via Capitals Insider,
There’s some positive news to report regarding injured Flyers forward Patrick Thoresen. I’m told that his injury is not as serious as originally thought, and that it’s possble he’ll play tomorrow.
from Phil Sheridan of the Philadelphia Inquirer,
Ovechkin fetched the loose puck and slid it back to Green. This time, Green fired a shot over Biron’s glove hand to tie the game at 4.
It was a good shot. A shutdown goaltender - a wartime goaltender - stops it.
It isn’t time to overreact. This isn’t Roman Cechmanek wandering around while opponents fire pucks into his empty net. It was Biron’s first playoff game, and he acknowledged a case of nerves.
“There were some jitters early in the game,” Biron said. “We’ve got to get into our rhythm.”
Flyers coach John Stevens, asked merely to evaluate Biron’s play, immediately took the opportunity to mute possible criticism. He has a series here, after all.
“Obviously you have a 4-2 lead there,” Stevens said. “Guys stepped in and teed up from some difficult places to see. . . . We’re in this together here.”
from the Washington Times,
This was playoff hockey, something Washington hasn’t seen since 2003, and perhaps no one has seen anything quite like this before in Washington, which has seemed to transform like never before, into — yes, a version of Hockeytown.
“It’s hard to get wilder than it has been the three previous [home games],” Capitals coach Bruce Boudreau said. “But I had to grab the guys and tell them they were up because they couldn’t hear me.”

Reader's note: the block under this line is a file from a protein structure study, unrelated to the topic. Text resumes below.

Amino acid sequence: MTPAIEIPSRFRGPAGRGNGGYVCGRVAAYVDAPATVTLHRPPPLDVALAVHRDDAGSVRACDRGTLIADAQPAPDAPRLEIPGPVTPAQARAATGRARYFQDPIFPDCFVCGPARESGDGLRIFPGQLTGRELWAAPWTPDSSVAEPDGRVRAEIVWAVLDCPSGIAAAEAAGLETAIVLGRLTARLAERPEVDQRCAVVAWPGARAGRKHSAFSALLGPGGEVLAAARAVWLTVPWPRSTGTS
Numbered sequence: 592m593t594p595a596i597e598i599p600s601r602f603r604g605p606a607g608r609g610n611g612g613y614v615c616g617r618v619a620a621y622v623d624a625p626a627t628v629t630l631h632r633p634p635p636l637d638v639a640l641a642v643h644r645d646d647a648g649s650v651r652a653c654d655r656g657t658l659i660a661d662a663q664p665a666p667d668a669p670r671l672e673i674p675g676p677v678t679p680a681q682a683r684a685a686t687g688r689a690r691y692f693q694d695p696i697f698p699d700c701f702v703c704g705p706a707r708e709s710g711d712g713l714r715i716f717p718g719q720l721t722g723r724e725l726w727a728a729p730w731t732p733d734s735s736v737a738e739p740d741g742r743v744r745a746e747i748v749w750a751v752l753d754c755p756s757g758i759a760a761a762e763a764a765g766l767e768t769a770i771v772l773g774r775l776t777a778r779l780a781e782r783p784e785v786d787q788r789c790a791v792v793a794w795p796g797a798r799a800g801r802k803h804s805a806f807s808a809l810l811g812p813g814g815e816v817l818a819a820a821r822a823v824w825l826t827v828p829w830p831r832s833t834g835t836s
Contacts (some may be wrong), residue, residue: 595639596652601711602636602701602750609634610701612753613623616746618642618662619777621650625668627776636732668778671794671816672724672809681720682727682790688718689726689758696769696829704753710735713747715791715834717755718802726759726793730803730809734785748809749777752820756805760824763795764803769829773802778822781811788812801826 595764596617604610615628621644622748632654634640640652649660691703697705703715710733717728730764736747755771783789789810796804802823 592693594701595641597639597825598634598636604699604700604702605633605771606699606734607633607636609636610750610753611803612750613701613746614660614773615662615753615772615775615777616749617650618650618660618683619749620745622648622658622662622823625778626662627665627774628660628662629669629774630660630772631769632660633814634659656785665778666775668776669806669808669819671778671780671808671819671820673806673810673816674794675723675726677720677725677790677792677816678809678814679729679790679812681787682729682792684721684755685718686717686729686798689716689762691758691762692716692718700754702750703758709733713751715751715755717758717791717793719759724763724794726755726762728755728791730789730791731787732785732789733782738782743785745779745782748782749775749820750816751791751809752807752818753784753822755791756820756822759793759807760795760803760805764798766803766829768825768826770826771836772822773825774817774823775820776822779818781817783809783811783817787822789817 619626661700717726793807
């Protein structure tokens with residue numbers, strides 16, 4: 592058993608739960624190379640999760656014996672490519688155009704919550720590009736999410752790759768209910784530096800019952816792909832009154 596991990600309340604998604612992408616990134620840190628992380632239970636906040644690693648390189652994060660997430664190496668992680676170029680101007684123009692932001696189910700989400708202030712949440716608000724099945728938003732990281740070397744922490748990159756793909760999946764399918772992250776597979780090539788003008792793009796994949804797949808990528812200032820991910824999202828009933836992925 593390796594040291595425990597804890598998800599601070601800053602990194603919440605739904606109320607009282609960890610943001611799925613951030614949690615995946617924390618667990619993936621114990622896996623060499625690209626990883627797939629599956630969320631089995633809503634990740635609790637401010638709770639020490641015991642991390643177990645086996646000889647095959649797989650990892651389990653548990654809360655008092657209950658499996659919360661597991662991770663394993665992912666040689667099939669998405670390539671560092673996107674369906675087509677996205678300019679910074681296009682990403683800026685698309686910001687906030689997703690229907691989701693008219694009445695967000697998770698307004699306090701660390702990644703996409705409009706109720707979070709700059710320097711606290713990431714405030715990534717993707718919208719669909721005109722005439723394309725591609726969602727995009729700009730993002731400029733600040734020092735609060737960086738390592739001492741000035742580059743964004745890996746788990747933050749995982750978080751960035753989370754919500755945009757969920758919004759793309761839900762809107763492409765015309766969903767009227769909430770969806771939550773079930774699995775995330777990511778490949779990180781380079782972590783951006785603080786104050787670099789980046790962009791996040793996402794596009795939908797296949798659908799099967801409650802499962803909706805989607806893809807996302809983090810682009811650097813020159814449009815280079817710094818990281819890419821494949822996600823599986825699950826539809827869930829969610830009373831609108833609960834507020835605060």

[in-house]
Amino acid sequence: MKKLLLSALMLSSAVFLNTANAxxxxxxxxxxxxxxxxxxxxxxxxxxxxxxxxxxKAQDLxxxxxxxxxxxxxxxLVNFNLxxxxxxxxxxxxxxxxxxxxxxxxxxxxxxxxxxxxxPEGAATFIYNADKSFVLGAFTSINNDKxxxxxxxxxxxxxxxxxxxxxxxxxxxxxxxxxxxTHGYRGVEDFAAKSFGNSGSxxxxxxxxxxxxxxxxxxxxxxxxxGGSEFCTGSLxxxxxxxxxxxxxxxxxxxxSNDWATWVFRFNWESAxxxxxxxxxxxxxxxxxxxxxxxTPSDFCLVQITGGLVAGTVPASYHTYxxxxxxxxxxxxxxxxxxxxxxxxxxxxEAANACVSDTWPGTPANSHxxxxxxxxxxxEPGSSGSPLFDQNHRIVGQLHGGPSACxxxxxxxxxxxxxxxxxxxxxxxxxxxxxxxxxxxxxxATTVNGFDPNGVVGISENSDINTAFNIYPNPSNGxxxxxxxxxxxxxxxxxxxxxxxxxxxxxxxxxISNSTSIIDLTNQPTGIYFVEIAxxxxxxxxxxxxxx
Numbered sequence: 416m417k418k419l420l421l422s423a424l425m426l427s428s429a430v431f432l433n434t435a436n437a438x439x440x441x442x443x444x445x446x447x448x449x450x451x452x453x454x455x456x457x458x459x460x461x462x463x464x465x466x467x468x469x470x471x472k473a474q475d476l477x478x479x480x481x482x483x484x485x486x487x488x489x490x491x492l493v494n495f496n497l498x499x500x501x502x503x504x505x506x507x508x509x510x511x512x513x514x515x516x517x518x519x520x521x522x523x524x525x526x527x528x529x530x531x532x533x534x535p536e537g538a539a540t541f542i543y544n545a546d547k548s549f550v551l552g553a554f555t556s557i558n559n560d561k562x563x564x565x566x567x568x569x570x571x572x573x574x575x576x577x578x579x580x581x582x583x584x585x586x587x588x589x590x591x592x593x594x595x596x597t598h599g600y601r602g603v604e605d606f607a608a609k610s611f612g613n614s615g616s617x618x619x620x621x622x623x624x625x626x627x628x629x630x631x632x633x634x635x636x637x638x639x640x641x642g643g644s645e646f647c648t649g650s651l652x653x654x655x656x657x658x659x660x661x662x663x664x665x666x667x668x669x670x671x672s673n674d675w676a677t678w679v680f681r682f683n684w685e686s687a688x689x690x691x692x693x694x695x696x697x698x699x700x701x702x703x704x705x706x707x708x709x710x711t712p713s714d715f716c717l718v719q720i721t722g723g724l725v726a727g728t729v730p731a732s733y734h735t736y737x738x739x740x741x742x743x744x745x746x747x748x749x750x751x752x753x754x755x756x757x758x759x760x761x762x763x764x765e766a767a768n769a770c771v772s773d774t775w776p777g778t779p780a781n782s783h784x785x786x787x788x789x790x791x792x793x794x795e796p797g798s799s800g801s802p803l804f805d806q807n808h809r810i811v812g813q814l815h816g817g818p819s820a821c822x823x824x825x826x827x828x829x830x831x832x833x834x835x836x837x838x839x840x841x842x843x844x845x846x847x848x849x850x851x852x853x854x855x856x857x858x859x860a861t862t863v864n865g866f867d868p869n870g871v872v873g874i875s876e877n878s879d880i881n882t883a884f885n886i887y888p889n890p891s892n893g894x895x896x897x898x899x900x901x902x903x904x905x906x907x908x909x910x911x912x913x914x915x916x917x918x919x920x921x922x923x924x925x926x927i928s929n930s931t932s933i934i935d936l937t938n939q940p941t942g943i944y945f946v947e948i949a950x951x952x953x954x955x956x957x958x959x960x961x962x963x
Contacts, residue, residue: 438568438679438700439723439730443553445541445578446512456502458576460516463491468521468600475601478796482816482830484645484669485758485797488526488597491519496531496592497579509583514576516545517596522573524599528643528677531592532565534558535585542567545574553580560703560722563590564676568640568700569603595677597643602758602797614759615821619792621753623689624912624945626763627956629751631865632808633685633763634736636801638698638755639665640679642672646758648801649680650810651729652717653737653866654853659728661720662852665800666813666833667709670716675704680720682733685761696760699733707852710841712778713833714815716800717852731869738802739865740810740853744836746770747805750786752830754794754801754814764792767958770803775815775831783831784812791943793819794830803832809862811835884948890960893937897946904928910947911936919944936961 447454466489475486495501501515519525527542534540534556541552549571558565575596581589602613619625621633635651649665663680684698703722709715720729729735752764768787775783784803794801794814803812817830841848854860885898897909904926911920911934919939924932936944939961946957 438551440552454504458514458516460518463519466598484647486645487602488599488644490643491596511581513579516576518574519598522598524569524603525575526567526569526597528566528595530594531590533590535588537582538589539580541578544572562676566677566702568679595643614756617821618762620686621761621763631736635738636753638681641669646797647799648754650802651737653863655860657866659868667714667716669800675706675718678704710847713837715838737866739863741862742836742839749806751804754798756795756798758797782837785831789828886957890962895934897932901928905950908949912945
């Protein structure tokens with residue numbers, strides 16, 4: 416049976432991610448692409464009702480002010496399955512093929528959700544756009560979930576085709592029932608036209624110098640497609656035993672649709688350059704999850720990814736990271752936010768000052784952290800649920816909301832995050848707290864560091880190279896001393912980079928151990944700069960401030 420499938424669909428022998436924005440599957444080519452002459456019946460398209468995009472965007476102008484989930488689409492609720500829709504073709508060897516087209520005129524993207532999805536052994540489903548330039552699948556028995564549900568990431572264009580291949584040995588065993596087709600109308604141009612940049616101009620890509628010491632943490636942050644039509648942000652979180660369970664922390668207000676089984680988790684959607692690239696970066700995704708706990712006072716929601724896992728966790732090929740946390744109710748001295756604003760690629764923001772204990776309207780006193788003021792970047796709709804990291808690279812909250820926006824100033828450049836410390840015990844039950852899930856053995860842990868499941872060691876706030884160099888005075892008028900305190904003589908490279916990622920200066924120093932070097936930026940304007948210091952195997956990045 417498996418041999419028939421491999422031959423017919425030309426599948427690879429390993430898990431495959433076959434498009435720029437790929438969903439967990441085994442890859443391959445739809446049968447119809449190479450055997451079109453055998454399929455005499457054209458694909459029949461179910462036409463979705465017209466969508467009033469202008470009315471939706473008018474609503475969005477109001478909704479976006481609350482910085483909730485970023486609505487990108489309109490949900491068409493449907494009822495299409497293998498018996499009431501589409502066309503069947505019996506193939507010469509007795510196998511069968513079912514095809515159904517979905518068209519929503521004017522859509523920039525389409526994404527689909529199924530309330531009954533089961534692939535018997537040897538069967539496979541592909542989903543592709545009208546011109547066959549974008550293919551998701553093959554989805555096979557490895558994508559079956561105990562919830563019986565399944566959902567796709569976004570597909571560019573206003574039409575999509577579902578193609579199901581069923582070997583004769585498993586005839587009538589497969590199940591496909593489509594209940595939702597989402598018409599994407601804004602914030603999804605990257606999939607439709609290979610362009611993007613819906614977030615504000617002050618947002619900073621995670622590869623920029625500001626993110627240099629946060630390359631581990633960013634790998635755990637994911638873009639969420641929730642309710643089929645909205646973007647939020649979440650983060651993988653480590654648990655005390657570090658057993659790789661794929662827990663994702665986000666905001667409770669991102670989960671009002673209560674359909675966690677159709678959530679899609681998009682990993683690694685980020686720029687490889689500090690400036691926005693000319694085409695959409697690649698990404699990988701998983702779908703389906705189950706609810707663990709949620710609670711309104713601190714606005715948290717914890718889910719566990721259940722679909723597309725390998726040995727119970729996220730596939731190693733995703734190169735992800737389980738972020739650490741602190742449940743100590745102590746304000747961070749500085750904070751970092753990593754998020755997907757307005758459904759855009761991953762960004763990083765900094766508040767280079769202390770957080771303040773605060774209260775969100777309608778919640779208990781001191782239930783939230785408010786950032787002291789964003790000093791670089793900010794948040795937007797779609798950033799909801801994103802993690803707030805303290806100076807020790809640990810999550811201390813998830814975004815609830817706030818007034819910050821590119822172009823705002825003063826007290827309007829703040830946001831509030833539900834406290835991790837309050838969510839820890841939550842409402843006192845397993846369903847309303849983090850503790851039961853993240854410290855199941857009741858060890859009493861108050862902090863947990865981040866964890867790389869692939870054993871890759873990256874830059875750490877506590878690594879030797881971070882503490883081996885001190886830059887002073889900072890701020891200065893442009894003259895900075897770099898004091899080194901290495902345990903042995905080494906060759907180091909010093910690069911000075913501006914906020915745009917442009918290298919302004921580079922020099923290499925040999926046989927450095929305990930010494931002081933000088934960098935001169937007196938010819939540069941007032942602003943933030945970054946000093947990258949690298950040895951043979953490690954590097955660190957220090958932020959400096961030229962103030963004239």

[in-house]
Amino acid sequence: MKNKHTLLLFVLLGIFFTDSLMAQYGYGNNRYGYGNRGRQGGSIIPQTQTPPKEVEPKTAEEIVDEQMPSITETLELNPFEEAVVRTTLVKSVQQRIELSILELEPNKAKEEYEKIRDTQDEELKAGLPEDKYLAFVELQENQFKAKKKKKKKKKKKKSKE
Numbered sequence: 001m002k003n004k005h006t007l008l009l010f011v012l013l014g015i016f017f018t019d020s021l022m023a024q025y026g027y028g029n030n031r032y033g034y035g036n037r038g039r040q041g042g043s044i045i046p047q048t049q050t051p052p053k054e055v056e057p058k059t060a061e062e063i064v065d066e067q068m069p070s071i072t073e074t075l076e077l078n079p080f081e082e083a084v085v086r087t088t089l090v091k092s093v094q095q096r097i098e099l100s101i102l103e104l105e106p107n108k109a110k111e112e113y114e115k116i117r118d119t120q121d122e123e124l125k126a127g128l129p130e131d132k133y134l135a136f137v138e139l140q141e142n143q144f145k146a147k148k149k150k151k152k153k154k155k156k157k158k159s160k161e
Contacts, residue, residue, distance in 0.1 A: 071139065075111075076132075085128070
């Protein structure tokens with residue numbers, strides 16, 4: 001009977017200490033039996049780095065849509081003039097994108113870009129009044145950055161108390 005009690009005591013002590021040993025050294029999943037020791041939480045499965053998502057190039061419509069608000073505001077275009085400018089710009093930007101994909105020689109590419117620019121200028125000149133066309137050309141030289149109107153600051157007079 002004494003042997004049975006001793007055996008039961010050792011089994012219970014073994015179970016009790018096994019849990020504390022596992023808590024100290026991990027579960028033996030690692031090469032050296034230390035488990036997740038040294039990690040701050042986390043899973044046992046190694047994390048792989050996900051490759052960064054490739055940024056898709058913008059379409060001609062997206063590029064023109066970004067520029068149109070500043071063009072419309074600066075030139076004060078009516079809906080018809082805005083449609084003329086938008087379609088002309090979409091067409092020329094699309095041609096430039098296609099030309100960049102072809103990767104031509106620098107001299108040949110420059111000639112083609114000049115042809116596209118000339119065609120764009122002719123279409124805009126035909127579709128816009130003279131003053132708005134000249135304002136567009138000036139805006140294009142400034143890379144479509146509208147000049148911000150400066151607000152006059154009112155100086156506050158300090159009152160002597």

Veteran great Sergei Fedorov, who has been part of Hockeytown with the Detroit Red Wings, said the crowd support was incredible.
“I had a broken stick and I couldn’t hear it break because it was so loud,” Fedorov said.
In case you missed Ovechkin’s game winner, watch it now…
via the AP,
Flyers left wing Patrick Thoresen was taken to the hospital for tests after getting hit in the groin by a shot during Philadelphia’s 5-4 loss to Washington on Friday night.
“He’s going to the hospital to get an ultrasound done on his testicles. It’s bad enough they may have to remove one,” Flyers general manager Paul Holmgren said. “Right now, we’re not sure how serious it is, but there’s a chance he may need surgery.”
Thoresen blocked the shot with about 6 1/2 minutes left in the game, then dropped to the ice, writhing in pain. Moments later, Washington scored to tie the game 4-4.
“Obviously, I’d have liked to see a whistle,” Flyers coach John Stevens said.
from Ryan Dixon of the Hockey News,
For Philadelphia to beat Washington, Richards has to be the engine that drives the Flyers.
Certainly it’s important for Martin Biron to outplay Cristobal Huet in the nets; for Daniel Briere to be healthy and produce points; for the entire team to – as much as possible – clog the gears of the Russian tank known as Ovechkin.
But Richards embodies – albeit internally for the most part – that great fighting Philly spirit that must be unleashed to combat the assault Ovie is going to lay on the Flyers.
Richards, despite his modest size, is physical. He’s smart. Skilled. And most of all, he lives for this stuff.
About Kukla's Korner Hockey
Paul Kukla founded Kukla’s Korner in 2005 and the site has since become the must-read site on the ‘net for all the latest happenings around the NHL.
From breaking news to in-depth stories around the league, KK Hockey is updated with fresh stories all day long and will bring you the latest news as quickly as possible.